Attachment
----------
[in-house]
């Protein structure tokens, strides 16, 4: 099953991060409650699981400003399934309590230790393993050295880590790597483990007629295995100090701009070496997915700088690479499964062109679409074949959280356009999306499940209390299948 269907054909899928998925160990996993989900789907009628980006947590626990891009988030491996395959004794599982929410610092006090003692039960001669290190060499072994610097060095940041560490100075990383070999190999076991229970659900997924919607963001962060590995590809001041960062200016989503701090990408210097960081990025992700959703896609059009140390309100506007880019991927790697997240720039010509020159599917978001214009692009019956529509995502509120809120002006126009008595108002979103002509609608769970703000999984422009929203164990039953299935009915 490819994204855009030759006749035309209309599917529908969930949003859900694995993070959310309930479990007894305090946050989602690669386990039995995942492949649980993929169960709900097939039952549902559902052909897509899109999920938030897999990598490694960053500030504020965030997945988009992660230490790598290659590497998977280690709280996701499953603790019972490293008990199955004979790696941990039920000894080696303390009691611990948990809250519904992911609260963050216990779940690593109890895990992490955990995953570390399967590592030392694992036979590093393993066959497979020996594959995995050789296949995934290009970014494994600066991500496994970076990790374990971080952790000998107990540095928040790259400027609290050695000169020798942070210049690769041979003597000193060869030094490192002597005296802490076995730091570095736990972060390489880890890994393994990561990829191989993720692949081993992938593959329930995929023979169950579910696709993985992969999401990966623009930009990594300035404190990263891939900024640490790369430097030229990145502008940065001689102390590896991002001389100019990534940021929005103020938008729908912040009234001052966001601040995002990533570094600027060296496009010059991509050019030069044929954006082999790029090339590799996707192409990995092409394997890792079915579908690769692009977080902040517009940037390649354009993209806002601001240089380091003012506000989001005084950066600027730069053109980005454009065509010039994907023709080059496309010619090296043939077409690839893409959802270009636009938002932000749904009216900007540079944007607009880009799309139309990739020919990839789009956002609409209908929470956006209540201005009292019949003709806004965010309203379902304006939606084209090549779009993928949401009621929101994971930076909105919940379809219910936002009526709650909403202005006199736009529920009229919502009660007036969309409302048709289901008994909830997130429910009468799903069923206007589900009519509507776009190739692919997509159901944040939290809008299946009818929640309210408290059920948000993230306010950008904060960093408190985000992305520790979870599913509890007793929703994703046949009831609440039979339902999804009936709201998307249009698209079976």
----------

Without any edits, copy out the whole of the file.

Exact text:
[in-house]
């Protein structure tokens, strides 16, 4: 099953991060409650699981400003399934309590230790393993050295880590790597483990007629295995100090701009070496997915700088690479499964062109679409074949959280356009999306499940209390299948 269907054909899928998925160990996993989900789907009628980006947590626990891009988030491996395959004794599982929410610092006090003692039960001669290190060499072994610097060095940041560490100075990383070999190999076991229970659900997924919607963001962060590995590809001041960062200016989503701090990408210097960081990025992700959703896609059009140390309100506007880019991927790697997240720039010509020159599917978001214009692009019956529509995502509120809120002006126009008595108002979103002509609608769970703000999984422009929203164990039953299935009915 490819994204855009030759006749035309209309599917529908969930949003859900694995993070959310309930479990007894305090946050989602690669386990039995995942492949649980993929169960709900097939039952549902559902052909897509899109999920938030897999990598490694960053500030504020965030997945988009992660230490790598290659590497998977280690709280996701499953603790019972490293008990199955004979790696941990039920000894080696303390009691611990948990809250519904992911609260963050216990779940690593109890895990992490955990995953570390399967590592030392694992036979590093393993066959497979020996594959995995050789296949995934290009970014494994600066991500496994970076990790374990971080952790000998107990540095928040790259400027609290050695000169020798942070210049690769041979003597000193060869030094490192002597005296802490076995730091570095736990972060390489880890890994393994990561990829191989993720692949081993992938593959329930995929023979169950579910696709993985992969999401990966623009930009990594300035404190990263891939900024640490790369430097030229990145502008940065001689102390590896991002001389100019990534940021929005103020938008729908912040009234001052966001601040995002990533570094600027060296496009010059991509050019030069044929954006082999790029090339590799996707192409990995092409394997890792079915579908690769692009977080902040517009940037390649354009993209806002601001240089380091003012506000989001005084950066600027730069053109980005454009065509010039994907023709080059496309010619090296043939077409690839893409959802270009636009938002932000749904009216900007540079944007607009880009799309139309990739020919990839789009956002609409209908929470956006209540201005009292019949003709806004965010309203379902304006939606084209090549779009993928949401009621929101994971930076909105919940379809219910936002009526709650909403202005006199736009529920009229919502009660007036969309409302048709289901008994909830997130429910009468799903069923206007589900009519509507776009190739692919997509159901944040939290809008299946009818929640309210408290059920948000993230306010950008904060960093408190985000992305520790979870599913509890007793929703994703046949009831609440039979339902999804009936709201998307249009698209079976």